Behind “The Handmaid’s Tale” Season 2’s Secretly Most Important Character

"What kind of society kills you for running away with somebody you love when you’re 15?" Sydney Sweeney told BuzzFeed News.

When Sydney Sweeney signed on to play Eden in the second season of The Handmaid’s Tale, the 20-year-old actor knew her character was supposed to have an impact on the future of the Emmy-nominated series. She didn’t know, however, that Eden was going to be publicly executed for running away with a young guardian and become the catalyst for major change in the fictional dystopia.

“What kind of society kills you for running away with somebody you love when you’re 15, when you’re married off to some older guy who you didn’t even get to choose for yourself?” Sweeney told BuzzFeed News.

Viewers were introduced to Eden in Season 2, Episode 5, when the teenager marries Nick (Max Minghella) in a public ceremony. Eden is a devout and traditional girl who’s happy to join the Waterford household, but Nick doesn’t show Eden any affection and isn’t interested in forming much of a relationship with her.

“She wasn’t getting any love or clarification from Nick and that’s what she wanted, so she looked for it somewhere else,” Sweeney said. “It was a very teenage decision.”

In Episode 10, Eden starts an affair with Isaac (Rohan Mead), a younger guard who works at the Waterford’s. When Nick sees the two kissing, he doesn’t show any emotion about Eden cheating on him, even after she apologizes. Sydney says this is one of the two moments that push Eden to run away with Isaac in Episode 12, the other being when June (Elisabeth Moss) tells her, “In this place, you grab love wherever you can find it.”

“Her own rebellion was her belief in love,” Sweeney said. “Isaac wanted to run away and have a family with her, and he was going to love her and give her children. That’s what she was raised to believe in and to want, so she believed she was doing right by Gilead and by God.”

Cheating on your husband is considered a crime in Gilead, and instead of confessing to her sins after she and Isaac are found and turned in, Eden remains steadfast in her decision. In one of the darker scenes this season, Eden and Isaac are pushed off a high dive and into a swimming pool with balls and chains attached to their feet, killing them in front of an audience of people, including the Waterfords, June, Nick, and Eden’s family.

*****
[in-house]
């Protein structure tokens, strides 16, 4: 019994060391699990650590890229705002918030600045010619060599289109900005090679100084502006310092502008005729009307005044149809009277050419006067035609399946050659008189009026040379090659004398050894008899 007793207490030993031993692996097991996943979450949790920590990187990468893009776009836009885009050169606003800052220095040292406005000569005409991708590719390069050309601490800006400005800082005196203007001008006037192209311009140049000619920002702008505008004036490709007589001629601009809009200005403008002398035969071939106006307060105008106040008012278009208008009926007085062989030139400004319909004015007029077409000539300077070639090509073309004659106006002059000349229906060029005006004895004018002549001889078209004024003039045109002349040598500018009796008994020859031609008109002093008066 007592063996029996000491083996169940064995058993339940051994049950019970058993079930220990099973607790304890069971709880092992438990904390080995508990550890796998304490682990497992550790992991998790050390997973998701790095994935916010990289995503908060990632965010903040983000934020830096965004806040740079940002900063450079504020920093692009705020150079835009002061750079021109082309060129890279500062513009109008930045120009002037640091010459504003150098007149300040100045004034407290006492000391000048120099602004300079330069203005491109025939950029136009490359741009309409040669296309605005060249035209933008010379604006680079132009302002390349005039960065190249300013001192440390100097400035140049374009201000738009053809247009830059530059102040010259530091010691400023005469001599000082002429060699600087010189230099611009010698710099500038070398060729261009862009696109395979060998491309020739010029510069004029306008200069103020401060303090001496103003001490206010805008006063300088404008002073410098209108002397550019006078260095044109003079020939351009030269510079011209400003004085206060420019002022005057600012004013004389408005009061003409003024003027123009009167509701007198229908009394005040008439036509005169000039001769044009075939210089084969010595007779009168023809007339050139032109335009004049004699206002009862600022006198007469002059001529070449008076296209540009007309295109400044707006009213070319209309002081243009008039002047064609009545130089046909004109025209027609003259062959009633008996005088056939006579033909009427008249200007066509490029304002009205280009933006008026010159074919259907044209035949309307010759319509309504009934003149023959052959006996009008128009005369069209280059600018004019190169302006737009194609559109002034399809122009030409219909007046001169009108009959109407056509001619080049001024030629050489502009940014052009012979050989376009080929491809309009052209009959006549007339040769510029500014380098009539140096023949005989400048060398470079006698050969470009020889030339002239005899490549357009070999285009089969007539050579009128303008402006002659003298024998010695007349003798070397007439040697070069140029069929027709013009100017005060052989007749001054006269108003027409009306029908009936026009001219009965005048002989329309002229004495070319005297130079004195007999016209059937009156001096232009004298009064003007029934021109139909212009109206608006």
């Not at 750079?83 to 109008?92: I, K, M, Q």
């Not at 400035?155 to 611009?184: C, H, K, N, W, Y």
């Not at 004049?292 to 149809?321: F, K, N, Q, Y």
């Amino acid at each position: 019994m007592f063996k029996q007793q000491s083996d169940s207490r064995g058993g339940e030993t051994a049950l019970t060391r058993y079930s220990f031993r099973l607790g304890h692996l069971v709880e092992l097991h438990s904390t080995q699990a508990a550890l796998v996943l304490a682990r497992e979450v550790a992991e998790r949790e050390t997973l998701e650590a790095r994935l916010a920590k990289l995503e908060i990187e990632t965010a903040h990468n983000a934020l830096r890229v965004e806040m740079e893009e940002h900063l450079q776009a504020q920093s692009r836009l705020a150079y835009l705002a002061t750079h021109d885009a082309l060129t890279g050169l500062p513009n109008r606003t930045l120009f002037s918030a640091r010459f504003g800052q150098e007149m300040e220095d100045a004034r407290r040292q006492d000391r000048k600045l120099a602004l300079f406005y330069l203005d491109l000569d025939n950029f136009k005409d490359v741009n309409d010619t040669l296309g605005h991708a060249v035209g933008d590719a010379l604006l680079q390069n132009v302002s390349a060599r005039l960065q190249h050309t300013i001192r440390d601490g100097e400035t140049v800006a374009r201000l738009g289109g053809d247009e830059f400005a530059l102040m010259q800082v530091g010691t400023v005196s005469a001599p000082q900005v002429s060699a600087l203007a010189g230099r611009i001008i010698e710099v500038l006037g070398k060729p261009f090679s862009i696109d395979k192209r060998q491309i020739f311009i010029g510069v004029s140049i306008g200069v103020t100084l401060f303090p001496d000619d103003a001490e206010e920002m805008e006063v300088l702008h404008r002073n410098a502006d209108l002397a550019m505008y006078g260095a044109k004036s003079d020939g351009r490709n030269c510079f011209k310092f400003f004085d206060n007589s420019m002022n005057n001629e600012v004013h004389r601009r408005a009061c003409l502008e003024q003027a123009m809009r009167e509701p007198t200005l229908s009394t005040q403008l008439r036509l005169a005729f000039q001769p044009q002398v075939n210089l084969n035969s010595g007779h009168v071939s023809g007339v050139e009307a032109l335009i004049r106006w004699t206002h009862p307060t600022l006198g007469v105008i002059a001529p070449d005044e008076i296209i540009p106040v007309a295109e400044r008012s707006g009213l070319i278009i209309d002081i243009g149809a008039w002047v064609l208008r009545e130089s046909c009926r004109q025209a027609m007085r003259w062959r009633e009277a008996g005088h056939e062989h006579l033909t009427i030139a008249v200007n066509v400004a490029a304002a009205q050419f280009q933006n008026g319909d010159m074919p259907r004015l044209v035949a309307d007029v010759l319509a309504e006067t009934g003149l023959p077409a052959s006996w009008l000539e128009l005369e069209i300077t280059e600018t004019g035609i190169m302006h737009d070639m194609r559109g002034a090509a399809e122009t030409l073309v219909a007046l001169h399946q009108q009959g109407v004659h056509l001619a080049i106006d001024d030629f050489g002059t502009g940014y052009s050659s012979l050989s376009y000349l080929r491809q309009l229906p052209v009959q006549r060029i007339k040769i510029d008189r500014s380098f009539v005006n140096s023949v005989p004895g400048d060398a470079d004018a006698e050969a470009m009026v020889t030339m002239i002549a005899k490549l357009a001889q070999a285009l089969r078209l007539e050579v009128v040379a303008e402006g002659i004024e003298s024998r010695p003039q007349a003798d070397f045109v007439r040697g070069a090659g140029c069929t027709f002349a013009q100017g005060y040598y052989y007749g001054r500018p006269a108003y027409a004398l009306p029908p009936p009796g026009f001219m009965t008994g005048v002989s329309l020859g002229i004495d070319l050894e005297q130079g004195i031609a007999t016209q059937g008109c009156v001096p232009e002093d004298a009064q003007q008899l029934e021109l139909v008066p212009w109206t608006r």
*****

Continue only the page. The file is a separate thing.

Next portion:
“It was heartbreaking,” Sweeney said. “Honestly, that was one of the hardest scenes for me to read and film because I completely disagree with everything Eden said, believed, and thought, so it was hard to play the part.”

According to Sweeney, she and Mead went through a few weeks of training and rehearsals with scuba diving instructors who helped them practice jumping off different high dives while wearing their costumes and chains. Sweeney said it was less disturbing and sad to film the scene because of how technical it was. However, her mom, who was on set in Toronto, had a hard time watching the monitor during the scene.

“It was hard for a lot of people to watch, including the crew the other cast members who were there,” Sweeney said. “I didn’t want my mom to just watch it on TV. I wanted her to be able to see the actual filming of it so that it wasn’t so shocking. It was definitely heartbreaking to film and see everyone’s reactions ... it did feel very real, but when we weren’t filming and we cut, was everyone just taking pictures and laughing, saying, ‘Poor Eden.’”

Sweeney said she believes Eden’s death “will carry on throughout all the characters that were present” when she was executed, and she hopes her death is a catalyst for a bigger movement in Gilead.

“Serena, now being a mother, watched a little girl be killed off because of love,” she said. “June just knowing what kind of world they live in today and that her daughters are in it, what happened to Eden is definitely going to resonate through Gilead in the next season.”

The actor said she thinks it’s important for a show like The Handmaid’s Tale to exist because it “relates to what’s going on today,” referring to the current political climate.

“You never know what could happen,” Sweeney said. “It’s really important to see stuff on TV and in movies so that people can become aware of what could actually horribly happen.”

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